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  • People Buy “Why”, Not “What”

    Simon Sinek is the author of “Start With Why”, a book that explains the theory behind finding your passion and how that passion helps us become effective leaders that can inspire change.

    Sinek delivered a compelling TED Talk, using the success of the Wright Brothers as an example of the power of passion. You see, we often believe that success comes from perfect market conditions, a gifted team and plenty of capital. Sometimes we can get caught in the “they were at the right place at the right time” mindset to explain others’ success.

    But, Sinek explains, there is grounded research to prove otherwise. Take, for example, the Wright Brothers. They didn’t have any money. They didn’t have a specialized team. And they certainly weren’t in the right place at the right time–not only did they not have the means to make that happen, but they were also too busy concentrating on their passion, which was the pursuit of powered man flight.

    They weren’t chasing success for the sake of success, which was, according to Sinek, the case for Samuel Pierpont Langley. Langley was on a quest to succeed at powered man flight–he wanted to be first, famous and rich. He had plenty of capital and a large, influential and educated team. He was always in the right place at the right time because The New York Times followed him wherever he went, hoping to capture a historic moment.

    And yet, if we were to be asked who Samuel Pierpont Langley was, most of us would be pressed for an answer.

    Who were the Wright brothers? We got that one.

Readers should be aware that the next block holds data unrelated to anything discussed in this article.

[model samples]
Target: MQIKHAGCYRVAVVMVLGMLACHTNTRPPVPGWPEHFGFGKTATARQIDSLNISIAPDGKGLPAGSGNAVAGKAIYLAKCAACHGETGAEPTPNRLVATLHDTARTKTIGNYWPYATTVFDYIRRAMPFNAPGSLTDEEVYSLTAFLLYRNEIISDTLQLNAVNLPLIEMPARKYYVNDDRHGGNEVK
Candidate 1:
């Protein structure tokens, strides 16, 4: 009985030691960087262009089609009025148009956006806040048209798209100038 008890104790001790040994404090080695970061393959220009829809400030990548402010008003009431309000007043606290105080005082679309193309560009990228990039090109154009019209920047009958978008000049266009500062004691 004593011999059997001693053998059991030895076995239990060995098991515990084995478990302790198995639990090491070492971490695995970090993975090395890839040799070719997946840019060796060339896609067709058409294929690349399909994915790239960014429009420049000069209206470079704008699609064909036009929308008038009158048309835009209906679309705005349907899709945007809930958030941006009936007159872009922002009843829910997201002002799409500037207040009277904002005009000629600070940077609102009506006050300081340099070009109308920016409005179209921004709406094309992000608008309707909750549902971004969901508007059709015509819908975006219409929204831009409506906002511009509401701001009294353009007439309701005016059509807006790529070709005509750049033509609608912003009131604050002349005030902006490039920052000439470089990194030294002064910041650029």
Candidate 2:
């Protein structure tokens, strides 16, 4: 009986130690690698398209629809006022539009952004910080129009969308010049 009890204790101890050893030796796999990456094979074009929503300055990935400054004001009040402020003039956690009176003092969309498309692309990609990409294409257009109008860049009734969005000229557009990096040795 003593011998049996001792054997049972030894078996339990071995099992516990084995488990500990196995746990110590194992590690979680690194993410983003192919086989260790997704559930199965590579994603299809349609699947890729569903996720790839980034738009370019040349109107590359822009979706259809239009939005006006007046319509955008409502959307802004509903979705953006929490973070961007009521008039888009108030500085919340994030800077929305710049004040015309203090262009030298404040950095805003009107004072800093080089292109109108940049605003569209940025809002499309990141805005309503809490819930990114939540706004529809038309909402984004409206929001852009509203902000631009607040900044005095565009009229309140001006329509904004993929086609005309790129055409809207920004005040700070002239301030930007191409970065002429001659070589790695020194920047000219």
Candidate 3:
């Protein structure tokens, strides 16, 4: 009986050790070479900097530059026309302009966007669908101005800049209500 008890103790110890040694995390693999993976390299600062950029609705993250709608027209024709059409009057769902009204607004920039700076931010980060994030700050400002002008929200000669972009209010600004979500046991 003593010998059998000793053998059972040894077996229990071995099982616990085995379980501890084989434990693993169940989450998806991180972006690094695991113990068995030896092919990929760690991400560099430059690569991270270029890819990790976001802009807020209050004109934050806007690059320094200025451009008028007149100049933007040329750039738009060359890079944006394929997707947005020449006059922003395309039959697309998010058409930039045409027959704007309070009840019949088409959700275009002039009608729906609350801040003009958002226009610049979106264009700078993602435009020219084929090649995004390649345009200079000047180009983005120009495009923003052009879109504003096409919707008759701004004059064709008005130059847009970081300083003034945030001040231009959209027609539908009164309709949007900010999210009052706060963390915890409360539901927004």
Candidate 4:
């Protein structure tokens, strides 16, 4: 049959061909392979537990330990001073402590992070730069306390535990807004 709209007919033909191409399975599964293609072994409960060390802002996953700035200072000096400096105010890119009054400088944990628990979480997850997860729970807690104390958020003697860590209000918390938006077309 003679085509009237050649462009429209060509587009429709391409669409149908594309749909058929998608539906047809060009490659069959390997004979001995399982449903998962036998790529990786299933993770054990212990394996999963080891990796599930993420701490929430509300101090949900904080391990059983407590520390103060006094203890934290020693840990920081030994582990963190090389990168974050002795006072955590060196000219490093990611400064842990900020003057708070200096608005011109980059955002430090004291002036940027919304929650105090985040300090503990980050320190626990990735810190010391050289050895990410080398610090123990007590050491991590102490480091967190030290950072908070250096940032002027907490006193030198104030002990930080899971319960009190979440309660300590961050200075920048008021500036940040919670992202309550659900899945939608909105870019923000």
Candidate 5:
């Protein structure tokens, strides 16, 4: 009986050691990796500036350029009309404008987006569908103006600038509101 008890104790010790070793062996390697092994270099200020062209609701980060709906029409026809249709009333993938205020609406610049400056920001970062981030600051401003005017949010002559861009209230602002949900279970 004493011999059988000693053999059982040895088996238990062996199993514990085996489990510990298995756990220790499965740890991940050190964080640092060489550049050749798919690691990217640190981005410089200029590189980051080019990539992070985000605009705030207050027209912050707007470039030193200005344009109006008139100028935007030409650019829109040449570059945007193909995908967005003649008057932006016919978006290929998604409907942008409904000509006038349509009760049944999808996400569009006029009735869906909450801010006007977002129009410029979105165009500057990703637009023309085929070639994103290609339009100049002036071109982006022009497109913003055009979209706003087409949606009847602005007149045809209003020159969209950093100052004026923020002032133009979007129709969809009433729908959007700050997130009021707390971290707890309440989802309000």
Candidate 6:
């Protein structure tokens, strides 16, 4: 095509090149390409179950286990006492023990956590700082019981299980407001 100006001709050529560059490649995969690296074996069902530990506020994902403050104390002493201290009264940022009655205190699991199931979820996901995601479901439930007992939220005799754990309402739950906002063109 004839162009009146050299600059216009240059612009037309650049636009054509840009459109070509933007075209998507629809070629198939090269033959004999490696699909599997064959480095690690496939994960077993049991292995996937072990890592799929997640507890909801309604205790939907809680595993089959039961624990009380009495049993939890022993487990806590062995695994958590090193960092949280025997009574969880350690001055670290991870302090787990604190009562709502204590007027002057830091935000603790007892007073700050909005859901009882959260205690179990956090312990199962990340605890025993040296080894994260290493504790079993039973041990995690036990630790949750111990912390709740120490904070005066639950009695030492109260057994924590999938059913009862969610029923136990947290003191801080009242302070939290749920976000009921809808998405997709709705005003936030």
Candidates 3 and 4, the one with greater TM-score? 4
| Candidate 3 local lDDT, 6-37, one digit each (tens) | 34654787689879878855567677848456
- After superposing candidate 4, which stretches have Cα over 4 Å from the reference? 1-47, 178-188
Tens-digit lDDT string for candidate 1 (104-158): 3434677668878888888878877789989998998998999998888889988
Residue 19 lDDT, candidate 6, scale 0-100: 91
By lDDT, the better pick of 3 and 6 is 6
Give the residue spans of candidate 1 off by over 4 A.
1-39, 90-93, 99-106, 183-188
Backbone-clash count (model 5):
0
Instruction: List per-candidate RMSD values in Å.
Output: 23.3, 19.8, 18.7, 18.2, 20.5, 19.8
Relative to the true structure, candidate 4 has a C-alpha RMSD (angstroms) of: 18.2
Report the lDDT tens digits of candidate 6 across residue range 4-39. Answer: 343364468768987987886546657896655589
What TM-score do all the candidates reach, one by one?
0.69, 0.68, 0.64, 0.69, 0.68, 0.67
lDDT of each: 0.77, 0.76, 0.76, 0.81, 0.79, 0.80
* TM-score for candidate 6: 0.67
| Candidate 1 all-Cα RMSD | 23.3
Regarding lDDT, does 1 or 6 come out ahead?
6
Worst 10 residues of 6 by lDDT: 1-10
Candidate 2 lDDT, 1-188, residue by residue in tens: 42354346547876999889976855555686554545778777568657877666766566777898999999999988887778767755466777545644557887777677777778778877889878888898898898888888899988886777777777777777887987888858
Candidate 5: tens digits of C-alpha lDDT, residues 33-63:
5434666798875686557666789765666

Sinek says the difference between Langley and the Wright Brothers was that the Wright brothers, “were driven by a cause, a purpose, a belief.” They believed a flying machine would change the course of the world.

    Sinek explains that people don’t buy what you do, they buy why you do it. People buy from, and align with, those who share their beliefs.

    It’s the difference between innovators, early adopters, the early majority and the late majority–innovators are people like the Wright brothers, Martin Luther King, Jr., and Apple. Early adopters are the people who see the vision and passion of those innovators. And those early adopters are the ones who build enough excitement to cause the early majority to buy in.

    Innovators and early adopters are more comfortable taking risks and trying something new because they are motivated by passion and “are driven by what they believe about the world and not just by what product is available.”

    We follow these leaders because of why they do what they do–because of what they believe, and because we want to stand up for (and prove that) we believe the same thing about the world.

    When you look at your personal brand, what do you offer, and why do you offer it? Why do you do what you do? What is your true passion? What do you believe?

    As you develop your personal brand, discovering the answers to these questions should be at the top of your list. Understanding what you believe in and why–and knowing it’s more important than choosing a blogging platform or social network– is what will make you an effective leader who inspires change…a personal brand people want to follow.

    Author:

    Wendy Brache specializes in personal and corporate branding strategy, B2B content strategy and development and demand generation for the high tech sector. She is the author of Sales Force Branding: Differentiate from the Competition, and co-creator of the Sales Force Branding program. Wendy is a featured marketing technology speaker and columnist on renowned websites, such as Maria Shriver’s Women’s Conference, Chopra’s Intent.com and Denver’s GreatIdeasForKids.com. Visit WendyBrache.com for more information.

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